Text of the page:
CHRISTOPHER VISO v. MARIA VISOAnnotate this Case
NOT FOR PUBLICATION WITHOUT THE
APPROVAL OF THE APPELLATE DIVISION
SUPERIOR COURT OF NEW JERSEY
DOCKET NO. A-4474-12T3
July 30, 2014Submitted July 21, 2014 Decided
Before Judges Harris and Fasciale.
On appeal from the Superior Court of New Jersey, Chancery Division, Family Part, Cape May County, Docket No. FM-05-65-13.
Underwood & Micklin, LLC, attorneys for appellant (John A. Underwood and Paul DePetris, on the brief).
Maria Viso, respondent pro se.
Plaintiff appeals from an April 13, 2013 order denying his motion to terminate or modify his support obligations. We affirm.
Plaintiff and defendant were married in November 1996 and thereafter had one child, born in 1998. In December 2007, the parties placed on the record the terms of a Stipulation of Settlement, which they later memorialized in a property settlement agreement (PSA), and which the court later incorporated into a January 2008 dual final judgment of divorce (JOD).
In June 2012, plaintiff filed a motion to modify his support obligations, asserting changed circumstances based on his decreased income and defendant's increased income. In April 2013, the judge denied the motion, stating in relevant part:
[O]f the three years the court is being asked to analyze, one year is consistent with the assumptions set forth in the [matrimonial settlement agreement]. The 2012 income data is, to say the least, 'soft.' Indeed, the report itself details its limitations.
Those three years[, 2010, 2011, and 2012,] taken together do not constitute proof of changed circumstances. . . . [For 2010 and 2012], the court is not prepared to make a finding that the compilation constitutes true income figures (essentially for the reasons set forth in the accountant's report regarding the limitations on its utility). Even assuming those hurdles were navigated, the court is not prepared to make a finding of changed circumstances in a nine year term alimony case based upon those three years. There is no evidence that plaintiff's diminished fortunes will continue. . . . Additionally, there was no definitive proof that the plaintiff is unable to resume a career in the gas industry.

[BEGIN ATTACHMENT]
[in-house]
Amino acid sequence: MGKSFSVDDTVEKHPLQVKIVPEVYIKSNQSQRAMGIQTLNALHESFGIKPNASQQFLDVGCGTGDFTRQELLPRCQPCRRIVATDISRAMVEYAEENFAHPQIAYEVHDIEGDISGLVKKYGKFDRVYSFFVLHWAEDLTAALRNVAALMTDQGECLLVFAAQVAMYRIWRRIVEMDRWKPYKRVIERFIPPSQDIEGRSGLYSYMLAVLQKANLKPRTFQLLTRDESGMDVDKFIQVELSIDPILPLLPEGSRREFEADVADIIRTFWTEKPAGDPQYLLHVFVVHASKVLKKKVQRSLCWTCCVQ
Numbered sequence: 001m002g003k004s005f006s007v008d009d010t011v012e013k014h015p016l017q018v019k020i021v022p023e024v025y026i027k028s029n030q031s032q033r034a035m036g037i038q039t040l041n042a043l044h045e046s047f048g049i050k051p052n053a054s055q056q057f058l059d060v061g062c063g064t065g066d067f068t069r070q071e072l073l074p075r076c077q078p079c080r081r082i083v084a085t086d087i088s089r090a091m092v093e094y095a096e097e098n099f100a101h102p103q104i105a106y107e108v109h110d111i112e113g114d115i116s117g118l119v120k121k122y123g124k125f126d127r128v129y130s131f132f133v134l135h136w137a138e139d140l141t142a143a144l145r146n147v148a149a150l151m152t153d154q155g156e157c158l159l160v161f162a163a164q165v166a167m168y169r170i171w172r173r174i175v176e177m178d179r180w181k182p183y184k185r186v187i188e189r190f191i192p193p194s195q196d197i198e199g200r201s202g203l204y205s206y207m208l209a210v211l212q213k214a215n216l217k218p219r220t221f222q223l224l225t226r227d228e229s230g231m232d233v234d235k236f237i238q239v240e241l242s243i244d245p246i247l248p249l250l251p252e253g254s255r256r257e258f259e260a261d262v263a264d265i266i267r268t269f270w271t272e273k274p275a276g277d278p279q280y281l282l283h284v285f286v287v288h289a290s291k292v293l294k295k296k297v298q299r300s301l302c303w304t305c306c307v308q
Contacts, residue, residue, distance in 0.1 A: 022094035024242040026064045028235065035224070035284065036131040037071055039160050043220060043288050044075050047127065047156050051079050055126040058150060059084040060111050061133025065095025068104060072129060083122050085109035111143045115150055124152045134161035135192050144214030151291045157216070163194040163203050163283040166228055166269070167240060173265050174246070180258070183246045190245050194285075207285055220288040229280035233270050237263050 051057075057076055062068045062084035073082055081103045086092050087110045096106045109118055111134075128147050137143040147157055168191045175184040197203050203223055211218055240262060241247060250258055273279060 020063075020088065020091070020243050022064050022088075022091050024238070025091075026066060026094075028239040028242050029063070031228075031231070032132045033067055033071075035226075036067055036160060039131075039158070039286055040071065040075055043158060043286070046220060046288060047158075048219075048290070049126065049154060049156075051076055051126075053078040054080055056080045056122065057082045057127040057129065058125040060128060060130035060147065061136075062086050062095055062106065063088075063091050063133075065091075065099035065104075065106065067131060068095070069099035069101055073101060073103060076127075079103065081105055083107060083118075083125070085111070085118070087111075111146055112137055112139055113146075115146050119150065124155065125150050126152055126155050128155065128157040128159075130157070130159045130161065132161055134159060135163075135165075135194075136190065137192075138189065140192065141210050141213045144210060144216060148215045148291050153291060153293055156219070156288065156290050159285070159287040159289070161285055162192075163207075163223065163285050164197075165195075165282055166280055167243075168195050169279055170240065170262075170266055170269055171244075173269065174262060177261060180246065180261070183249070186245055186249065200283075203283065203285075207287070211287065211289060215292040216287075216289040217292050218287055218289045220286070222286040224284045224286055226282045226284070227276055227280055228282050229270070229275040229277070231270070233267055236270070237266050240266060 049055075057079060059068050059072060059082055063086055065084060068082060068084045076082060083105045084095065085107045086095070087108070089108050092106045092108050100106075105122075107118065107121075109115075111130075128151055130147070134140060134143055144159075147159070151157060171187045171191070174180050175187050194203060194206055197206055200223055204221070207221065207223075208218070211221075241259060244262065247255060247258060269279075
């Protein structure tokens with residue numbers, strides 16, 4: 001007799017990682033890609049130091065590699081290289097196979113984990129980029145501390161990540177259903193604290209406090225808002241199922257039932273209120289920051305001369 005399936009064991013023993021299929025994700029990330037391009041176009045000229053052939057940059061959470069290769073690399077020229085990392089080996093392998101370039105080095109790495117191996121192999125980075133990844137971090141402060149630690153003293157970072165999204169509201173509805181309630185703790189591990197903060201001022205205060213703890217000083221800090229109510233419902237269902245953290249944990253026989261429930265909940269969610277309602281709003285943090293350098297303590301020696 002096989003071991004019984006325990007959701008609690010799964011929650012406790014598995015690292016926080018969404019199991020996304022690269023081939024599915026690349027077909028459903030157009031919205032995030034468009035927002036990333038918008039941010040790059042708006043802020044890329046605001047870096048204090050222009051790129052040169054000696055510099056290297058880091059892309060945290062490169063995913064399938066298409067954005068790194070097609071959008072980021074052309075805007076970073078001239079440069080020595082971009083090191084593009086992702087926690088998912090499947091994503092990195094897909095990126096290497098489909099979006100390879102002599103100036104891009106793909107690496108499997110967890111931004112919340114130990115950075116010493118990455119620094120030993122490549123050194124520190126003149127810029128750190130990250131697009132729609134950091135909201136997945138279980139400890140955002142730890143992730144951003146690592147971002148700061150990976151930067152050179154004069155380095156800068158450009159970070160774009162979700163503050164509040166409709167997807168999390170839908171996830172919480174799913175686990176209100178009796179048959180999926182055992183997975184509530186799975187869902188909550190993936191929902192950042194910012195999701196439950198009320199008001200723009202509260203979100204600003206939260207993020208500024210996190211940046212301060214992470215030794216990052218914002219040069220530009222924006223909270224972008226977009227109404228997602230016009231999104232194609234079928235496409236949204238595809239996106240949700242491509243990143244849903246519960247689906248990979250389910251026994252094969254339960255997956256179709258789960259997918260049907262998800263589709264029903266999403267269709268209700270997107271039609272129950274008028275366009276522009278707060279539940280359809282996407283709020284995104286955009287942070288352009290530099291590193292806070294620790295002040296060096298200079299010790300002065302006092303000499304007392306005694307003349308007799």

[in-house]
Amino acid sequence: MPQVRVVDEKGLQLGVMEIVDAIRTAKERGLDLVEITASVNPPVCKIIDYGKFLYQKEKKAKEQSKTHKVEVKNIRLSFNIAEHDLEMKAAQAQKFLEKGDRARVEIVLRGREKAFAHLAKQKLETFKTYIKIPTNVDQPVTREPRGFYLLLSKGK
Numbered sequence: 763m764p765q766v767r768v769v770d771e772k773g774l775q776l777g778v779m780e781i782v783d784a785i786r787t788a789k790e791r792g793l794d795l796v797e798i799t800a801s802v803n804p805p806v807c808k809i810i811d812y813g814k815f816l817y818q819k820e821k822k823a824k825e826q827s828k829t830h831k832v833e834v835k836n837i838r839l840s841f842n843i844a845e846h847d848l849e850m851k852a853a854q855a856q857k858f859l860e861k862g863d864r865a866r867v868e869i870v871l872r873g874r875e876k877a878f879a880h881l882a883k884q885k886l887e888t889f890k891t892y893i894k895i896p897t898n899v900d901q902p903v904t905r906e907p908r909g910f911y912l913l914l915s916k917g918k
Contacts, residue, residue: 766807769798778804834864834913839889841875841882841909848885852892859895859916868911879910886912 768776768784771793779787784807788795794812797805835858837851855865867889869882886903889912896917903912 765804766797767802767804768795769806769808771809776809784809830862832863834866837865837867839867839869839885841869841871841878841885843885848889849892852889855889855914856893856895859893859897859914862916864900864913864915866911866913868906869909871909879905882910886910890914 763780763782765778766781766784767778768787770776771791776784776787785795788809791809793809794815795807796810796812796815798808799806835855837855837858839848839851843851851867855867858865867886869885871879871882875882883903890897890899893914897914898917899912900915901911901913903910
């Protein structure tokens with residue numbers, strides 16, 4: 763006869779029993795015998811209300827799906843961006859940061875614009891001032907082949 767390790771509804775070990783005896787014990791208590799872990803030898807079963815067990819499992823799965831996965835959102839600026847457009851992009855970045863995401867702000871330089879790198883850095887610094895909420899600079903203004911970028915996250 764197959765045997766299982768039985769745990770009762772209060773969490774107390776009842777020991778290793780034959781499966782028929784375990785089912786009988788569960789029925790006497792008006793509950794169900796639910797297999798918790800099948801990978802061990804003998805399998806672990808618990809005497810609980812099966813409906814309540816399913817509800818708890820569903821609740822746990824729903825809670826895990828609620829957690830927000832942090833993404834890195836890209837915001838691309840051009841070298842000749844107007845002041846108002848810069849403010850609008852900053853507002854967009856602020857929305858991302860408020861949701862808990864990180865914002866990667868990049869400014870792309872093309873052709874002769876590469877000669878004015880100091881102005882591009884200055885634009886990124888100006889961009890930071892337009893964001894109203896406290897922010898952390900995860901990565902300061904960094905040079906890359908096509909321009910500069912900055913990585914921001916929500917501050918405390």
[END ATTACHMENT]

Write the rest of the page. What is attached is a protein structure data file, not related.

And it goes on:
However[,] prior to the hearing, the court determined that the plaintiff's submissions constituted a prima facie change in circumstances, warranting the exchange of financial information and conducting of a hearing.
What was conclusively proven at the hearing is that defendant's circumstances have changed. She is making significantly more income than when the Final Judgment of Divorce was entered. This qualifies as a change in circumstances warranting a re-examination of the spousal support. . . . Her case information statement reports [$5200] per month in monthly expenses. She testified that she is renting a second home so the parties' child can attend [a different school]. [Her] W-2's for 2012 total $51,000, almost $20,000 more than the $32,500 imputed to her in the final judgment of divorce.
I took the 'new' numbers, [$1000] per week for [defendant] and $100,000 per year for [plaintiff], and used the child support guidelines work sheet attached to determine what support [defendant] requires to maintain the [$5000] stipulated [marital] life style. [$5000] per month translates to [$1162] per week. Assuming 4.3 weeks per month. As the attached sheet makes clear, she still needs $600 per week to bring net income to a level to sustain the [$5000] stipulated [marital] lifestyle.
. . . I decline to modify the spousal support based upon the defendant's increased income where the proven financials show that she needs the agreed-upon spousal support to maintain the marital lifestyle. Plaintiff has not proven that his income situation has changed. Accordingly, the motion to modify support is denied. The attached sheet calls for [thirty-nine dollars] per week in child support. That as well will be the order of the court.